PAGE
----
The only candidate this seemed to help was Gary Mar, who rattled out 15 second soundbites with ease. Unfortunately, this also meant that he said very little of substance during the entire evening. “Alberta is a beautiful garden of flowers”, “forged in the fire of fiscal fury”, and “opportunities in agriculture are sensational” are not exactly policy positions. His soundbite-style responses were an unfortunate distraction and, in my opinion, downplayed his intelligence.

Alberta Progressive Conservative leadership candidate Gary Mar on July 21, 2011 in Vermilion

Gary Mar

The limiting format aside, it was interesting to watch how the candidates are positioning themselves in the group. As this was the first of seven all-candidates forums planned to be held across Alberta, the candidates were fairly collegial to each other. It will be interesting to see if this changes as the September 17 first ballot vote approaches.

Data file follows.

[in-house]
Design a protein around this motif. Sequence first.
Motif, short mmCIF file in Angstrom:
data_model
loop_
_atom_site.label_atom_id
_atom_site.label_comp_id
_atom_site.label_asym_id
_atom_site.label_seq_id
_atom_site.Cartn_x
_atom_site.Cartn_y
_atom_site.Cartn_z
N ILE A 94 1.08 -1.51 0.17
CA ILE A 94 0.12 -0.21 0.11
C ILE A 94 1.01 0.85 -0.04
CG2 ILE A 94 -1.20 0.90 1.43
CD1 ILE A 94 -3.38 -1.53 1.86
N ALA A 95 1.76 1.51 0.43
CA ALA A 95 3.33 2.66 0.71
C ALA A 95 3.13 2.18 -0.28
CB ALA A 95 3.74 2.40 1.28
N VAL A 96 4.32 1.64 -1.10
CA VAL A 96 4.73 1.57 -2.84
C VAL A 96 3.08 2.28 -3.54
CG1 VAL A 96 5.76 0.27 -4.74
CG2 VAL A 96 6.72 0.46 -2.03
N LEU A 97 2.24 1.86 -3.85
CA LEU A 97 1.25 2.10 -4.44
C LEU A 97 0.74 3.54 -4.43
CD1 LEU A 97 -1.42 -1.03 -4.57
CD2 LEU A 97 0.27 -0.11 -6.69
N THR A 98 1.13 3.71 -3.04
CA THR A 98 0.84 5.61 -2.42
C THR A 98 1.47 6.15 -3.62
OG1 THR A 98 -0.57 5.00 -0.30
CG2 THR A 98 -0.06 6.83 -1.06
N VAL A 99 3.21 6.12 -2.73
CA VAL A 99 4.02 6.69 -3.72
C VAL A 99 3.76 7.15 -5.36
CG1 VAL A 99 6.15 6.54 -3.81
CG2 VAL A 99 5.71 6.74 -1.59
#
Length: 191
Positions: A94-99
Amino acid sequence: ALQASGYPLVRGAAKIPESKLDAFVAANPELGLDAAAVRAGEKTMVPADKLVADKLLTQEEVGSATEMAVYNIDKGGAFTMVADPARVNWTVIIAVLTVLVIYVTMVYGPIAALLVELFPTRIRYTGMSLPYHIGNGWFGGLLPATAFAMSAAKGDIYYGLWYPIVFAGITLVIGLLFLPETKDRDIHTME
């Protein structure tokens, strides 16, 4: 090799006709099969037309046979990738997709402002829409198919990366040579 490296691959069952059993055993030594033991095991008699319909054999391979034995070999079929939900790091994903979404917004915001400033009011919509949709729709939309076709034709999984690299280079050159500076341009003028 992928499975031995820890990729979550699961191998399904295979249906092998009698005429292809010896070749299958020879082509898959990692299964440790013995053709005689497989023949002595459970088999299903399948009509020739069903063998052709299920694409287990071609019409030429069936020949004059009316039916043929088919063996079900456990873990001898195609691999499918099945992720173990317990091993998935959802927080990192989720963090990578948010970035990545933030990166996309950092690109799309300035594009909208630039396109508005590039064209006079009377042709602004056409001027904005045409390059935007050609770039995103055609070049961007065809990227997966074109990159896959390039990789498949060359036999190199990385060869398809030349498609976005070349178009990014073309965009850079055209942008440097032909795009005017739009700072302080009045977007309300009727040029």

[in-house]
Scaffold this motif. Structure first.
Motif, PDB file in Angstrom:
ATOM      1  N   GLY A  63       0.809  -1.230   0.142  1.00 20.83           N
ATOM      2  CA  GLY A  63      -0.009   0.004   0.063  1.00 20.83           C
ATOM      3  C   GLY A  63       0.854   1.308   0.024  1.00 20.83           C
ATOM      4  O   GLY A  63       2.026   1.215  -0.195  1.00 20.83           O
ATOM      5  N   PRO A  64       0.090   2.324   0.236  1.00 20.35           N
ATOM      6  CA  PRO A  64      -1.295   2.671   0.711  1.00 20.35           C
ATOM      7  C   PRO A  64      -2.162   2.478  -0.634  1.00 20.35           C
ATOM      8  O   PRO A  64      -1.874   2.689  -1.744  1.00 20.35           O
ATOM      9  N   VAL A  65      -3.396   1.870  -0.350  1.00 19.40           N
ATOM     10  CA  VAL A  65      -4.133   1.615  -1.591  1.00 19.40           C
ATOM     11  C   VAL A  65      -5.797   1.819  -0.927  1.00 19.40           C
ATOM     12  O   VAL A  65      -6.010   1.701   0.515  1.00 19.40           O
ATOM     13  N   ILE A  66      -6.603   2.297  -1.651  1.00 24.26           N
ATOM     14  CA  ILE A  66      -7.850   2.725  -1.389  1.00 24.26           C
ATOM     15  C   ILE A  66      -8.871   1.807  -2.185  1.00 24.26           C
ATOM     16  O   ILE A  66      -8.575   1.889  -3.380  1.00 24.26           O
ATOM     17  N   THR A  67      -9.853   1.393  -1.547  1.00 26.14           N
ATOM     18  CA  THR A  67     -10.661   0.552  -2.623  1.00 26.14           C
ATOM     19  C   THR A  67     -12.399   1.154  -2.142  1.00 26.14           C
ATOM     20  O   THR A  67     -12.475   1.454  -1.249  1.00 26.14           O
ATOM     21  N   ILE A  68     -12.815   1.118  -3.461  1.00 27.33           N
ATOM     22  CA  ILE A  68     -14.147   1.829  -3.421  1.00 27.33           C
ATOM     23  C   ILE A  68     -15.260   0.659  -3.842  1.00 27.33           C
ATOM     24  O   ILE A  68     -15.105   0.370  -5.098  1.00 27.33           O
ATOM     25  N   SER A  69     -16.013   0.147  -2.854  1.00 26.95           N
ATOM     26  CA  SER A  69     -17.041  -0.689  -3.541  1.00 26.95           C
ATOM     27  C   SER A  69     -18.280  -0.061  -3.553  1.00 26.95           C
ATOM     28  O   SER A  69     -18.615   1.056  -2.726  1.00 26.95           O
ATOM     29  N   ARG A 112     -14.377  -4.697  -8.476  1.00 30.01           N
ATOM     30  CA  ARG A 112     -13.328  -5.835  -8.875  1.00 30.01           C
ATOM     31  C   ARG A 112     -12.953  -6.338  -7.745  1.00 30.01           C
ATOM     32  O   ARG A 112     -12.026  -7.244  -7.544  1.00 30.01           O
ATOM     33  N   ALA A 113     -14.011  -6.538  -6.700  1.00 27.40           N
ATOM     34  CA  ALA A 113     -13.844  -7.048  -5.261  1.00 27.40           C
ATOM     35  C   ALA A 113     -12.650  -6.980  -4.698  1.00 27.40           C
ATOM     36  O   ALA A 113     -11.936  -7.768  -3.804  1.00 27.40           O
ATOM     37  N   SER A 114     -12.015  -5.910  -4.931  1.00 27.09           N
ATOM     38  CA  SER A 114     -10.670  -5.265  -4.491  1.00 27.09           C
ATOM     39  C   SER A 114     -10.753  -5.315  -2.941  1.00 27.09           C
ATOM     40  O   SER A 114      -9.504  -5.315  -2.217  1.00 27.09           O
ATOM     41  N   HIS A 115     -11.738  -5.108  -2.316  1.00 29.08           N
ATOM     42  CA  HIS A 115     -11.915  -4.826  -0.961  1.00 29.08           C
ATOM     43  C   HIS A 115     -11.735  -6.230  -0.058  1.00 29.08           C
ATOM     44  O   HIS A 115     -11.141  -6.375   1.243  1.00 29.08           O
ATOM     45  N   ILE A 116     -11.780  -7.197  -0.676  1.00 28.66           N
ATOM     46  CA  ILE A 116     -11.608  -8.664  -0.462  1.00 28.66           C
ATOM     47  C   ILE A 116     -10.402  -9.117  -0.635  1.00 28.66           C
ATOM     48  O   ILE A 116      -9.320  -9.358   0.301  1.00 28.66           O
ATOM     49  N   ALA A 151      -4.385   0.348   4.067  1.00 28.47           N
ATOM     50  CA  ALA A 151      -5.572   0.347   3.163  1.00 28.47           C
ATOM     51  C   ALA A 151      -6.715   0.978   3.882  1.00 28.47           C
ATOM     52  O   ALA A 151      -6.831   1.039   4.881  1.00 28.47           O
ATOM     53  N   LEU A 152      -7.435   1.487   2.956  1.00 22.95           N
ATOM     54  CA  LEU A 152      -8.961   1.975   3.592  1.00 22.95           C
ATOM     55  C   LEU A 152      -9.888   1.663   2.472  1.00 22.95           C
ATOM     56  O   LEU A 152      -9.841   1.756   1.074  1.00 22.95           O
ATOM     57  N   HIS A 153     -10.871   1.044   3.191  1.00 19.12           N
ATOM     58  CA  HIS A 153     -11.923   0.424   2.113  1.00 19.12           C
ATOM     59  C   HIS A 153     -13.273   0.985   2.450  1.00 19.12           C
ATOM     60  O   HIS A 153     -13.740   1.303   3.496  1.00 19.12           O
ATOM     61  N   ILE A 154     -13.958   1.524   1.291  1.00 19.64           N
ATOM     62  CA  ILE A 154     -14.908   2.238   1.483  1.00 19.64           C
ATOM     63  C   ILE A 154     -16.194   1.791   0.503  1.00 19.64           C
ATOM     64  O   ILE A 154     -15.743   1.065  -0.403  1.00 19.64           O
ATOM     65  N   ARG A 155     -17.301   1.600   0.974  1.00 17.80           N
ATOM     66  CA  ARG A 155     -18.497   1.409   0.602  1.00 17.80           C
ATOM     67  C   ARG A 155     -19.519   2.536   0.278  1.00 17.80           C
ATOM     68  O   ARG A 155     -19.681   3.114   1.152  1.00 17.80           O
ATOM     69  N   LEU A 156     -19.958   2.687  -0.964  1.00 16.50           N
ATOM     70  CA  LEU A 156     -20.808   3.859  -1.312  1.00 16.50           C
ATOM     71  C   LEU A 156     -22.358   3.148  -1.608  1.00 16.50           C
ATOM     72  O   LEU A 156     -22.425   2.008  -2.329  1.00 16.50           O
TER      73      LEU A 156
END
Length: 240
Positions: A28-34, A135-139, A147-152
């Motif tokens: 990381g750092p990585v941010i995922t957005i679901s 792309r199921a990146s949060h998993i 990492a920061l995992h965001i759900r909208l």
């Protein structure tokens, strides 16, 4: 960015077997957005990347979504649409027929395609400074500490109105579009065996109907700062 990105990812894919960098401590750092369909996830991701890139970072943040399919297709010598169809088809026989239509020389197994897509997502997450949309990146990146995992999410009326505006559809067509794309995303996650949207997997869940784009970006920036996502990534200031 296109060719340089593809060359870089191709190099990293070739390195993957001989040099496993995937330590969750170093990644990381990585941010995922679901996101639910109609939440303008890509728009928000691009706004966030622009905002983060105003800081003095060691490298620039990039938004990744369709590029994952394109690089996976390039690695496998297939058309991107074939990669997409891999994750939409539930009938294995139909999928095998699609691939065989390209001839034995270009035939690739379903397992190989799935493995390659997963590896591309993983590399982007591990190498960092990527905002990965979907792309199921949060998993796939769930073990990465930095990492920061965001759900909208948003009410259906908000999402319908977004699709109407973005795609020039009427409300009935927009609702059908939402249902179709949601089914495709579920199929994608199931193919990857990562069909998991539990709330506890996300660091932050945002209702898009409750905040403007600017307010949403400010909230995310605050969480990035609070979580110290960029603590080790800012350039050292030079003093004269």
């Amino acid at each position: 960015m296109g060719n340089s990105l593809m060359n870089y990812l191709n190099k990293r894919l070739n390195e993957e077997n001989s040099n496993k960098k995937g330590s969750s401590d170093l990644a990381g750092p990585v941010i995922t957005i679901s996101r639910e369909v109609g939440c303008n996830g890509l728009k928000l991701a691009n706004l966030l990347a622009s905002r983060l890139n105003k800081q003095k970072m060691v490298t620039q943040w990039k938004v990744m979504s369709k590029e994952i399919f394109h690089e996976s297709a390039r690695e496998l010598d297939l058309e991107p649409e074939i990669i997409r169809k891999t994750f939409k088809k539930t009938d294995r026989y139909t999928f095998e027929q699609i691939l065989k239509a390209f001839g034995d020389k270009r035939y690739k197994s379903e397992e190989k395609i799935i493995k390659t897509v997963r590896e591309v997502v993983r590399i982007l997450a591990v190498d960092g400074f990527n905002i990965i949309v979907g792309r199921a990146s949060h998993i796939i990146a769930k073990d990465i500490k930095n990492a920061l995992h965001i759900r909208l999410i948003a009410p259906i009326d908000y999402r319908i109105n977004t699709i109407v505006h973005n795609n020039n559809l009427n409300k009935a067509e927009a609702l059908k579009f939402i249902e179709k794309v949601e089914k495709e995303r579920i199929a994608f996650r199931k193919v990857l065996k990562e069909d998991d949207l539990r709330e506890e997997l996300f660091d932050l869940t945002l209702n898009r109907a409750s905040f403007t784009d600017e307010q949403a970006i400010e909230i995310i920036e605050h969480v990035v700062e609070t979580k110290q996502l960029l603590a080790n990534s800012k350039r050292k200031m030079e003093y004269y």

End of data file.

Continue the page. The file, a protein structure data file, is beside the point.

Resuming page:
Each of the candidates spoke against the lay-off of over 1,000 teachers province-wide. Rick Orman accused the government of breaking its word, saying that “a deal is a deal.” Doug Griffiths compared the lay-offs to “selling the topsoil off the farm.”

When asked if any of the candidate would support provincial funding for billionaire Daryl Katz‘s planned downtown Edmonton arena, each of the candidates answered with a definitive “no.” Ted Morton led the group consensus, saying that schools and hospitals, not expensive sports facilities, should be the provincial government’s funding priorities.